They allege the hotel where many were housed was "understaffed and inadequate," that medical care wasn't provided on time, leaving kids "at the risk of death," that food was "unsuitable for human consumption," and that they were forced into apartments that were too small without any input on location.
"We tried to please. We listened to any issues. We always do," Valy Marochko, director of the Cross Cultural Learner Centre, told the London Free Press.
He countered that some people didn't like the food, offered by a Middle Eastern restaurant in London, because it was "Canadian Middle Eastern," that access to health care was a couple of blocks away, and that housing was limited with so many people arriving at once.
"We were helping 1,000 people. If we have two per cent that are not happy, I'm really sorry for that, of course," Marochko told the newspaper.
But in some unique cases, like that of Ilyana Alsarraj, being unable to find an affordable home and being forced to live with other families in the same situation has created exactly the kind of toxic environment she was hoping to escape.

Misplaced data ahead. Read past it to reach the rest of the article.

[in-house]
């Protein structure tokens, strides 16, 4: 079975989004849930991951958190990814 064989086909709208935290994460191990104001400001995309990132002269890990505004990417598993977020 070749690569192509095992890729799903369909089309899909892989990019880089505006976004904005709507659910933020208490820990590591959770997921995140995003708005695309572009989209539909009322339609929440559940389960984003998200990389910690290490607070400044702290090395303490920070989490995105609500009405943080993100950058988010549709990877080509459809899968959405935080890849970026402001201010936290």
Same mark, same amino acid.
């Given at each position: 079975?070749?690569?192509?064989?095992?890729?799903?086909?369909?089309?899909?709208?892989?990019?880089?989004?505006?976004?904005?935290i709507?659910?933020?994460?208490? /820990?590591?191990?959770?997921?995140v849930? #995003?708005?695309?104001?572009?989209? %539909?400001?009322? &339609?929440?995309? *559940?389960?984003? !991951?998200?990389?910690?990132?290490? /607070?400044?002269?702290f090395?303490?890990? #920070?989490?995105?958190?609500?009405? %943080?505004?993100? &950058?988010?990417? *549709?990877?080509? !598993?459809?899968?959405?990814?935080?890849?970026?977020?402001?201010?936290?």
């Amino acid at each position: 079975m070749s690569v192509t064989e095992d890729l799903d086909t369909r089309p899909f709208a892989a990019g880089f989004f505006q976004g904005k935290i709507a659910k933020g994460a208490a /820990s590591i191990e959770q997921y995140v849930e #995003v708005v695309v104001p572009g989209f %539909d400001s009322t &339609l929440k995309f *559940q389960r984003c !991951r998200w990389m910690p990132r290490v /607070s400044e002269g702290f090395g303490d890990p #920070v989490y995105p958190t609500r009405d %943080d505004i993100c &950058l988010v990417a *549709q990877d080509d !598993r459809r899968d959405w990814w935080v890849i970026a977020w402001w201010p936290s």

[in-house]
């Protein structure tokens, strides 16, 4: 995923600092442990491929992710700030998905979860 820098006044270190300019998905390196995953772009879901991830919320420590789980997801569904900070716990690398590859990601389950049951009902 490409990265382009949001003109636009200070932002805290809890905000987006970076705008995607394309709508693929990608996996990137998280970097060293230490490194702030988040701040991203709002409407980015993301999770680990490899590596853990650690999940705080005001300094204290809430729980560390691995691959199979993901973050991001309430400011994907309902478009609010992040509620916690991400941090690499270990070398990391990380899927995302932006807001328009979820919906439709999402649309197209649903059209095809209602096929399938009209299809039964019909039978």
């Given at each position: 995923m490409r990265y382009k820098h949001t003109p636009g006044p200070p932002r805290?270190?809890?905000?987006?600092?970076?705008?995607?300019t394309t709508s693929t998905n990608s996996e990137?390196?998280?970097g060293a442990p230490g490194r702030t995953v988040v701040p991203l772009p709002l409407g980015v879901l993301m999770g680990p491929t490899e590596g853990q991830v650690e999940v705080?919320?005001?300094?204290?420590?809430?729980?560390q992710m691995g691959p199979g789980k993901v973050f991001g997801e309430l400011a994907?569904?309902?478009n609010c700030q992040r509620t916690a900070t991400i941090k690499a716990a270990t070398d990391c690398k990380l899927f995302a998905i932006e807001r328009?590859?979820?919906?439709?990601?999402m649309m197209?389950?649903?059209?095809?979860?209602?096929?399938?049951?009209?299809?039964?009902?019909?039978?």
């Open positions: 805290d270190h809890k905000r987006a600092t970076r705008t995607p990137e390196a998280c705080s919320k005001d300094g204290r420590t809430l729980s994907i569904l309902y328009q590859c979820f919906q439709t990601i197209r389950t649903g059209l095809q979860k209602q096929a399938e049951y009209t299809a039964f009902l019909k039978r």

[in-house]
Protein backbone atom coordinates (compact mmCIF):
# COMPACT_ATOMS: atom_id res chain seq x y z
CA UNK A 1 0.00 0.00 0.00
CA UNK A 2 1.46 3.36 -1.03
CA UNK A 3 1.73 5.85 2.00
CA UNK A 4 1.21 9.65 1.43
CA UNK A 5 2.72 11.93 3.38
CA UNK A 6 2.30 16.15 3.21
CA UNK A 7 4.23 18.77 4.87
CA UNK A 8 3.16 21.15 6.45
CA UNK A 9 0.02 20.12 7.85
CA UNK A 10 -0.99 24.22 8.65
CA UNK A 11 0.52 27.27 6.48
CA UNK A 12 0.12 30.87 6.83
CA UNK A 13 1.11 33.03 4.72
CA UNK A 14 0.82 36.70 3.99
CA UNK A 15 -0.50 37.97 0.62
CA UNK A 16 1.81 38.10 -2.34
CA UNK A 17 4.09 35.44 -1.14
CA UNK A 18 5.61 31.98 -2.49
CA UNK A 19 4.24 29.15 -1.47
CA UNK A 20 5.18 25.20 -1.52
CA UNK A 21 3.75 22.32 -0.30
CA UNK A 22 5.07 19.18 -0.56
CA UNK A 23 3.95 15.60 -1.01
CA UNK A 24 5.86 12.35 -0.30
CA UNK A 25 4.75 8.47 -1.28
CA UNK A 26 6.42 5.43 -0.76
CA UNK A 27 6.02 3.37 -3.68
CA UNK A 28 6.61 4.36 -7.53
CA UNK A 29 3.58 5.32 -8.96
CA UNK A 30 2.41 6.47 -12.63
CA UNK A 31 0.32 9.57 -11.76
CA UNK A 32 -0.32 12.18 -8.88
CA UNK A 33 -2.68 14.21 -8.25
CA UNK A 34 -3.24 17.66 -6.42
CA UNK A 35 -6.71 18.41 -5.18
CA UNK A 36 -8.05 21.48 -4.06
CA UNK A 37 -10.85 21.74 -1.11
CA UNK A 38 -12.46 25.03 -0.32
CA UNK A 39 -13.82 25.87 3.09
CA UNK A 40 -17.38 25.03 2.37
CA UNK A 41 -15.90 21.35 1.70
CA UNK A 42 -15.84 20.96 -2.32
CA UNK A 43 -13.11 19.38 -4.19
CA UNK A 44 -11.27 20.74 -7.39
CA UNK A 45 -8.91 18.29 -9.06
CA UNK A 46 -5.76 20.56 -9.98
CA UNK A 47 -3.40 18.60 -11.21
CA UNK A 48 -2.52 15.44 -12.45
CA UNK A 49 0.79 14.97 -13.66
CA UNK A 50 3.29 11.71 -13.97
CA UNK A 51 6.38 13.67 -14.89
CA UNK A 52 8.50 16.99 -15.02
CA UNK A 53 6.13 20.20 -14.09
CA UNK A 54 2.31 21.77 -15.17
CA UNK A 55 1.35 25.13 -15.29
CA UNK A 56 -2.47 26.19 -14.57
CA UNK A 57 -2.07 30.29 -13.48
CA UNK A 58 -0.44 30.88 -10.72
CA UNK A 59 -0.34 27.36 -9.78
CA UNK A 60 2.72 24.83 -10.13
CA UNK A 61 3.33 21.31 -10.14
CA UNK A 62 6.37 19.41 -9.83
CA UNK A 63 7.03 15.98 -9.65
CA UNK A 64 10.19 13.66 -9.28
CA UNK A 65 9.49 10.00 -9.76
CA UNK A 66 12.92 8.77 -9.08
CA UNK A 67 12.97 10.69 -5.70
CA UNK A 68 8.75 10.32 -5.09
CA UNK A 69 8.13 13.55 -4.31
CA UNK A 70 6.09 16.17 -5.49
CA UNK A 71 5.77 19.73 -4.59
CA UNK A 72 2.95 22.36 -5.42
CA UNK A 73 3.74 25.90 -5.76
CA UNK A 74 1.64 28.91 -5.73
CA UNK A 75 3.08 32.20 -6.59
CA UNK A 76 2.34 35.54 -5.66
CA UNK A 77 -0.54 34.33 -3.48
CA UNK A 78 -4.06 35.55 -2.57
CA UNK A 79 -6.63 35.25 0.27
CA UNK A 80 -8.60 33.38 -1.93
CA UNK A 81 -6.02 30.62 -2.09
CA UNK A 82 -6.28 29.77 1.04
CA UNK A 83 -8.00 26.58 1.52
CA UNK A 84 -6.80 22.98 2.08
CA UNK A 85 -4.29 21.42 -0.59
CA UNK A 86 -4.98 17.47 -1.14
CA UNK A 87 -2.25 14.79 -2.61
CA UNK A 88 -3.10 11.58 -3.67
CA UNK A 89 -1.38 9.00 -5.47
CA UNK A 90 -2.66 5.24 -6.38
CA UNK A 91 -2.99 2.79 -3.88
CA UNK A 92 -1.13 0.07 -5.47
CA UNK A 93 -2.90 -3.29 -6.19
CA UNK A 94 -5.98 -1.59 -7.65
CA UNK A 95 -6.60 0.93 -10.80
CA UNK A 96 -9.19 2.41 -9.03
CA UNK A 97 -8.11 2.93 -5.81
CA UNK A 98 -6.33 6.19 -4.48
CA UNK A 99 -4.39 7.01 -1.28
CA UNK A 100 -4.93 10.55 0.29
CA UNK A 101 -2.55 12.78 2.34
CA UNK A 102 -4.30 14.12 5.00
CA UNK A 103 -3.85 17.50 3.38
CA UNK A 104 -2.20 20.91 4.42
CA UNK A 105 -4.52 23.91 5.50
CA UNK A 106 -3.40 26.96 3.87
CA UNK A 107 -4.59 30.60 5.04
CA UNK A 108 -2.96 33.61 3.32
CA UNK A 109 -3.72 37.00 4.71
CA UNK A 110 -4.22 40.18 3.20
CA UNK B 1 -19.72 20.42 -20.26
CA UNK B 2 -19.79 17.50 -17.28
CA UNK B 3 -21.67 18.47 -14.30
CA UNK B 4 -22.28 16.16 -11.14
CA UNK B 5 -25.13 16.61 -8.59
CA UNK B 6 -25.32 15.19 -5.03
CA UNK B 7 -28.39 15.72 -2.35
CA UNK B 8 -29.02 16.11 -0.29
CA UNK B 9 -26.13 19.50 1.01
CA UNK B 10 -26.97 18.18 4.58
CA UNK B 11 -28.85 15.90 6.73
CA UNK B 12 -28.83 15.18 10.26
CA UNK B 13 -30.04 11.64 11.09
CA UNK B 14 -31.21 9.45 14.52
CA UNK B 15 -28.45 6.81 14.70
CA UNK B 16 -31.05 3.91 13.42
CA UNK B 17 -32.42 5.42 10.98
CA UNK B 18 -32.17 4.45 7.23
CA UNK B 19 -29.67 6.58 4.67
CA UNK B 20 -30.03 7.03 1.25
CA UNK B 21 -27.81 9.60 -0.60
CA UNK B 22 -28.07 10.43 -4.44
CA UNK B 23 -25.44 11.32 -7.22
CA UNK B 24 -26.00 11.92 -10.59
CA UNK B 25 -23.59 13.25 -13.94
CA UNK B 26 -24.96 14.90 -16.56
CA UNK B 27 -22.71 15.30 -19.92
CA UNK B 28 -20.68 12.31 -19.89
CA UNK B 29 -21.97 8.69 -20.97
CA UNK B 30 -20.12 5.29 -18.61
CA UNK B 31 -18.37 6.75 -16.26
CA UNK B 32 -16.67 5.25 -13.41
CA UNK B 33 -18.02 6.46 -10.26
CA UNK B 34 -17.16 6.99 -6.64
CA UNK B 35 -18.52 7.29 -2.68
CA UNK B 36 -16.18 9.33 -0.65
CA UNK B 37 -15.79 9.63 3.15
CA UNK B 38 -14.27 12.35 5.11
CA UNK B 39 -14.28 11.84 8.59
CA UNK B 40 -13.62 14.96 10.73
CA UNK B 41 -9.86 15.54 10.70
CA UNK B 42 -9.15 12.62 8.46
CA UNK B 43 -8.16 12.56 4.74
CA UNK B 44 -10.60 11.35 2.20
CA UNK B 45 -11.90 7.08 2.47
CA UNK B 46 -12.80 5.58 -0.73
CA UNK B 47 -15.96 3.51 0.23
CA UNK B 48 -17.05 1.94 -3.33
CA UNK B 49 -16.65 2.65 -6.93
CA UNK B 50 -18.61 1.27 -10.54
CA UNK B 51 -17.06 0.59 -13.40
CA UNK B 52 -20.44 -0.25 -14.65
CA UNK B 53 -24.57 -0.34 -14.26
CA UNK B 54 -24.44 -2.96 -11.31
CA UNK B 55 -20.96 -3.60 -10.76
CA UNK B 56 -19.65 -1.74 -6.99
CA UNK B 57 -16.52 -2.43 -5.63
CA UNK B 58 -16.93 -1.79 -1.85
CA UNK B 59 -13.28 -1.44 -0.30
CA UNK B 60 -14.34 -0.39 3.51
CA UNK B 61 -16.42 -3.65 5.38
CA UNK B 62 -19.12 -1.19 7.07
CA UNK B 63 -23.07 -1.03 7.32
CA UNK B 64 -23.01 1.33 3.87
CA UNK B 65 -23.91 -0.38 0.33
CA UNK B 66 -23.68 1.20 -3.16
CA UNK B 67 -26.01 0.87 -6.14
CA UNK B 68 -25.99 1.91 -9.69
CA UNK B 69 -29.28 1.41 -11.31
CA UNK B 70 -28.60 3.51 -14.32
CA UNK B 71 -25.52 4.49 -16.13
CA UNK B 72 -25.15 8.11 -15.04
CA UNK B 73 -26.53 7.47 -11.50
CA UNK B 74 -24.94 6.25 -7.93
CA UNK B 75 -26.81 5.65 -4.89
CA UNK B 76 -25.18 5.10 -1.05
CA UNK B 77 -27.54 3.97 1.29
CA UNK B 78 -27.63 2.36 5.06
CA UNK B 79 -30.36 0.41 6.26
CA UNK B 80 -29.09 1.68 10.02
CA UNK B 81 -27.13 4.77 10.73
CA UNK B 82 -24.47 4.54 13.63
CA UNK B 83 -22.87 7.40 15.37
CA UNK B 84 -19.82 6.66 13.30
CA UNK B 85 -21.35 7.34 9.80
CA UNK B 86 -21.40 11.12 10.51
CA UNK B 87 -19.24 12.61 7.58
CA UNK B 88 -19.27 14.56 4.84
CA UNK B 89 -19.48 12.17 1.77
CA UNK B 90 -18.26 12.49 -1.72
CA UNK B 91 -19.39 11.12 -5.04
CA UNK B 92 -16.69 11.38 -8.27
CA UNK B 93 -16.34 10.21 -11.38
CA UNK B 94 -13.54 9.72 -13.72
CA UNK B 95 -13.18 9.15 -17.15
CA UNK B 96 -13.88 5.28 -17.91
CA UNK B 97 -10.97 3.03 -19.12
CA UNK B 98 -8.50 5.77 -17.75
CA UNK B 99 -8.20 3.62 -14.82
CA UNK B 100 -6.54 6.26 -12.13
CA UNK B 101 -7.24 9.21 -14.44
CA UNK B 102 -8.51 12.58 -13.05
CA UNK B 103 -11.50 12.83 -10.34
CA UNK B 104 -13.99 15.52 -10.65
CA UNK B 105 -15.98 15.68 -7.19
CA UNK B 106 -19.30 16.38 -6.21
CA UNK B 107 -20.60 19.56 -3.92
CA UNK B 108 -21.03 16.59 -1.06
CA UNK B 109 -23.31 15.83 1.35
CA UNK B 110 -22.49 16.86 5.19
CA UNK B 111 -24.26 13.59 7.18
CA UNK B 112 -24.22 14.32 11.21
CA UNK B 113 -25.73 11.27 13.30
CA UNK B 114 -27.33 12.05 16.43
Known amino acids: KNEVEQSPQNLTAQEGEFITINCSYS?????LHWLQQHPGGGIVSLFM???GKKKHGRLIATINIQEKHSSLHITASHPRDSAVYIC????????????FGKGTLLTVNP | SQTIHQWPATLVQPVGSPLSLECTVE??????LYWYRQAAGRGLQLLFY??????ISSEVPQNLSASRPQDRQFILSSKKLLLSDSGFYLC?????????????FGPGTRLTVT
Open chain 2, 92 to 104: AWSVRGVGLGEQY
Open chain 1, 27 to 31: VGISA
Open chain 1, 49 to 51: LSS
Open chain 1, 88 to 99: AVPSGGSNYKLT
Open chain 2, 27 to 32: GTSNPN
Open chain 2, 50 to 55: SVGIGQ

Alsarraj, a refugee from Lebanon, alleged she was beaten and raped as a child in Syria, unwelcome in her mother's home in Lebanon, and in and out of homelessness for years while coming to terms with her identity in a country that imprisons people for homosexual acts. The 21-year-old hoped for a fresh start in Canada.
But a month into her journey, she said transphobic taunts from other refugees have made living at the COSTI reception center in Toronto unbearable for her. She can only afford to pay rent if she splits the cost with a roommate, and no one she knows is willing to live with her.
"If I knew I'd be staying in a house like this, I'd have stayed in Lebanon. I wouldn't come here," she said in an interview. "This was the last hope in my life."
'If I knew I'd be staying in a house like this, I'd have stayed in Lebanon. I wouldn't come here.'
Mario Calla, executive director of COSTI Immigrant Services, which runs the centre Alsarraj has been staying in and has settled 1,800 Syrians since December, told VICE News it's taken an average of five and a half weeks to move newcomers from temporary accommodations into their own homes, but that the rental costs take up more than half of their income.
"It is clear from COSTI's broader housing services that the availability of affordable housing is a challenge for all Canadians of limited economic means. The Syrian refugee project has focused the lens on how serious a problem this is," Calla testified.
Follow Tamara Khandaker on Twitter: @anima_tk